About

Approximately 12% of the County's landfilled trash is yard trim. Composting is a safe, natural way to convert leaves, grass clippings, and vegetable refuse into valuable organic matter, known as humus, which is rich in nutrients. When spread in the garden, humus improves soil aeration, water retention and root penetration.

backyard composting

Composting is a natural decomposition process. By observing a few simple rules, anyone can be a successful composter. Microorganisms such as bacteria, fungi and protozoa digest plant tissues in the compost pile. For microbes to accomplish their work, they need enough nitrogen, oxygen and water to feed on the carbon rich plant materials provided by you, the gardener.

Compost Demonstration

Due to COVID-19 we are unable to hold demonstrations at this time.

Attend a compost demo for how-to advice by Howard County Master Gardeners (starting in April). Feed your garden organically, recycle kitchen scraps and yard trimmings and improve your soil's health! FREE compost bins for Howard County residents.

Check back for this year's schedule.

compost bin demonstration
Getting Started
Title
How Composting Works
Content

Composting is a natural decomposition process. By observing a few simple rules, anyone can be a successful composter. Microorganisms such as bacteria, fungi and protozoa digest plant tissues in the compost pile. For microbes to accomplish their work, they need enough nitrogen, oxygen and water to feed on the carbon rich plant materials provided by you, the gardener.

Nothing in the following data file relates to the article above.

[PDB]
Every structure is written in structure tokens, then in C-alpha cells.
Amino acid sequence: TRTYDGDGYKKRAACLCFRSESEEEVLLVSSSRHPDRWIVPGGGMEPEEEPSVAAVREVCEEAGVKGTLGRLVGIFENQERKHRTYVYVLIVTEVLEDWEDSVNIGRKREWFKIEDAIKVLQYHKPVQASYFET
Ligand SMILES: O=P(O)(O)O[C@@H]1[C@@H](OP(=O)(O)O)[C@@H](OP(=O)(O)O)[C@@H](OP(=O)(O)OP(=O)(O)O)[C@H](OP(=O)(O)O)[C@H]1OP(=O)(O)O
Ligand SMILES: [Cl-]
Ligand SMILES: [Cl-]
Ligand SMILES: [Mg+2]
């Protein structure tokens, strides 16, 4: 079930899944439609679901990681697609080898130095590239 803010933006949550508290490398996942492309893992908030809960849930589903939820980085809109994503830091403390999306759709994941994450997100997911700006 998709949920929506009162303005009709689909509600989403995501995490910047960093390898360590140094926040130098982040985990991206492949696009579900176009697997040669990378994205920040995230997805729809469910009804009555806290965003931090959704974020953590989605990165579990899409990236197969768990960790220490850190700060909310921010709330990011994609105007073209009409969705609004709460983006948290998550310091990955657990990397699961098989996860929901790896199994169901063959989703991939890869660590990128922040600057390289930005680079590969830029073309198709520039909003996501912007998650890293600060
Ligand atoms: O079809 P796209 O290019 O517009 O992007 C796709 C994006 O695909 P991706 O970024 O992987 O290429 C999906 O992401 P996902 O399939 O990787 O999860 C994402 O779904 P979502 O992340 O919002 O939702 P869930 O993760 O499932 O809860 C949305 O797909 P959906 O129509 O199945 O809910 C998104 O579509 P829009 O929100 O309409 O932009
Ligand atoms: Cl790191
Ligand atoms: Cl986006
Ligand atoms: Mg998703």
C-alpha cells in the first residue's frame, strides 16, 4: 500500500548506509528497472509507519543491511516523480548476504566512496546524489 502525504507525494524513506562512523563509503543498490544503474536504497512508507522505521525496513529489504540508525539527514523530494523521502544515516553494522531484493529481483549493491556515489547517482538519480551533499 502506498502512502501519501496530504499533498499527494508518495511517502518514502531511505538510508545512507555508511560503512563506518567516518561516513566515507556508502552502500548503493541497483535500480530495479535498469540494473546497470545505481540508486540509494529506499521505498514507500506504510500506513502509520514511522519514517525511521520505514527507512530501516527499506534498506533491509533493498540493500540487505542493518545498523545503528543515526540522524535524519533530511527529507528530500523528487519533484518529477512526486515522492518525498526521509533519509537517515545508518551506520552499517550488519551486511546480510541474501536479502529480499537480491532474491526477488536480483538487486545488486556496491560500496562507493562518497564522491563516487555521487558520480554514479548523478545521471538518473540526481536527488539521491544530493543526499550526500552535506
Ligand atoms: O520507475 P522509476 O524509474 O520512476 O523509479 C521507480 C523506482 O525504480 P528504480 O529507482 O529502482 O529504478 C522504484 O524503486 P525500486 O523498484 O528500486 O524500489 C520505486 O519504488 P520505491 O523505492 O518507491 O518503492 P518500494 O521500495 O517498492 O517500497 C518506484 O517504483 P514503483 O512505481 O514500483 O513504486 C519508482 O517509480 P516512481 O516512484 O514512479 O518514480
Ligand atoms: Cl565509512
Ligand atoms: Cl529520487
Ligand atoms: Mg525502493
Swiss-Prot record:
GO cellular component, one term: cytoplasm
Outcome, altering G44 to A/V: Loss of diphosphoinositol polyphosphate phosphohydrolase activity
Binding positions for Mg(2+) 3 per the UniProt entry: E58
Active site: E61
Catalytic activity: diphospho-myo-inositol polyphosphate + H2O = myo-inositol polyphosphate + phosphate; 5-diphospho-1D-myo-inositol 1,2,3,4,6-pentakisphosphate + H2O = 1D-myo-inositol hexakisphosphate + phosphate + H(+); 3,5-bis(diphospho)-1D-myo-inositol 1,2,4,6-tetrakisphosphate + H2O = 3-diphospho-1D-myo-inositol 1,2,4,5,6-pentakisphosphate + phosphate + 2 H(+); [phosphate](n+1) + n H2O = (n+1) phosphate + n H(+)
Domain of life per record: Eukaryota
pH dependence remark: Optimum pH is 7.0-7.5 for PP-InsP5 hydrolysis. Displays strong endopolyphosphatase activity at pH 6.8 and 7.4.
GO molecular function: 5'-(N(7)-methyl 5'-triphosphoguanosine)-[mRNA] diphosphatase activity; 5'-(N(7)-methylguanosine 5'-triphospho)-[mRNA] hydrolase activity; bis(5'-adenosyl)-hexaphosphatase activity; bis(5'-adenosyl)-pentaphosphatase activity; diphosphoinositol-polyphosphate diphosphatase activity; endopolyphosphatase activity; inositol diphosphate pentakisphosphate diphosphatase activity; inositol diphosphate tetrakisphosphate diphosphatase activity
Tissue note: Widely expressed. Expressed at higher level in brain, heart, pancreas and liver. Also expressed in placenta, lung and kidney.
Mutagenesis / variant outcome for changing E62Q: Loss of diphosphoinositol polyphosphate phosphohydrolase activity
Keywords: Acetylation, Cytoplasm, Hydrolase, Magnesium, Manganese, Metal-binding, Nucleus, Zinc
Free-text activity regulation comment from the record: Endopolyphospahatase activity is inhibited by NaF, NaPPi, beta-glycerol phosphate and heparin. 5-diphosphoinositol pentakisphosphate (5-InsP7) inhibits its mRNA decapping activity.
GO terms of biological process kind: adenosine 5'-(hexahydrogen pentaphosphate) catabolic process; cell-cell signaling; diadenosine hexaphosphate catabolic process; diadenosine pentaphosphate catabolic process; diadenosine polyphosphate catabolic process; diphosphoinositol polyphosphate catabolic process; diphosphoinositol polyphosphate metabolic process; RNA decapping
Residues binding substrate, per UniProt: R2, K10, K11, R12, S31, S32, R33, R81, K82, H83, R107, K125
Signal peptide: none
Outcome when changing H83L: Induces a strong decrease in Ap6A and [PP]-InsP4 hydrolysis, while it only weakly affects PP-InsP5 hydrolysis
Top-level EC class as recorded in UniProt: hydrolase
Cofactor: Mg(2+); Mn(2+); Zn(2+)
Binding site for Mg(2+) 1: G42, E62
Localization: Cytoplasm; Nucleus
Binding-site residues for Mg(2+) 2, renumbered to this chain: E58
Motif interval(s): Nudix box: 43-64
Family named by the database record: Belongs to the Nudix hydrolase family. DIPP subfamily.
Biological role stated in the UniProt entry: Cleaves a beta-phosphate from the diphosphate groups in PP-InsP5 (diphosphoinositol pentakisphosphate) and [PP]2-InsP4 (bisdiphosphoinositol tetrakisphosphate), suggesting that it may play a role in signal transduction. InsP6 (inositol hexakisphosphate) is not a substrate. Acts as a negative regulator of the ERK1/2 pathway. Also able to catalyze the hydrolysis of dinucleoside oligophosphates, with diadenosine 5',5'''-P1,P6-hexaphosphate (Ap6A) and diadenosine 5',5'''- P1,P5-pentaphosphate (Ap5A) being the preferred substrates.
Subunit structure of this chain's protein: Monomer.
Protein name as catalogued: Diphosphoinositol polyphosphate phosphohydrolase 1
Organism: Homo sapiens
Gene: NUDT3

Title
Building a Compost Pile
Content

Select the materials to be composted. In general, leaves, grass clippings, brush and vegetable waste all work well.

Shred or chop materials to accelerate composting.

Mix layers of plant materials high in nitrogen with those high in carbon. As a rule of thumb, green materials such as grass clippings are higher in nitrogen and brown materials such as leaves are higher in carbon. By alternating layers of green and brown materials, nitrogen becomes more readily available for microbial action.

When nitrogen rich plant materials are not available, spread about a cup of 10-10-10 fertilizer with each cubic yard of compressed plant material.

Build your pile to maximum of 4 feet high by 4 feet wide. Piles higher or wider may lack the necessary oxygen to decompose quickly.

Title
Maintain your Compost Pile
Content

The optimal moisture content of the pile should fall between 40-60%. The compost should feel damp, but you should not be able to squeeze out any free moisture. To alleviate excess moisture, the pile can be covered to exclude rain or turned more frequently to allow it to dry. The pile should be watered during dry spells.

Title
The Finer Points of Composting
Content

A free standing pile will suffice or an inexpensive enclosure can be built with wooden pallets. More substantial enclosures may be built from wood and wire mesh, or attractive prefabricated compost bins may be purchased.

Do not add meat or dairy products to your compost piles - they cause odors and attract animals. To alleviate odors caused by excessive nitrogen or water-logged compost, turn the pile frequently. After a few dry days the odors will disappear.

If your compost pile heats up properly, most disease and insect organisms will be destroyed.

Depending on the type of materials placed in the pile and the number of times it is turned or aerated, composted material should be ready to use in the garden during the next growing season.

Title
A Special Note for Columbia Residents
Content

Compost bins appropriately located in your rear yard, out of sight from the street, are acceptable in Columbia since they are not considered permanent structures. Check with your Village Office for local restrictions.

Made locally, Spread locally

We sell our products, including our HoCoGro Compost, by the cubic yard throughout the year at the Wood Waste Area at Alpha Ridge Landfill. We even have a list of contractors who will deliver the product directly to your door.

hands in compost
Tags
Environment
Trash & Recycling

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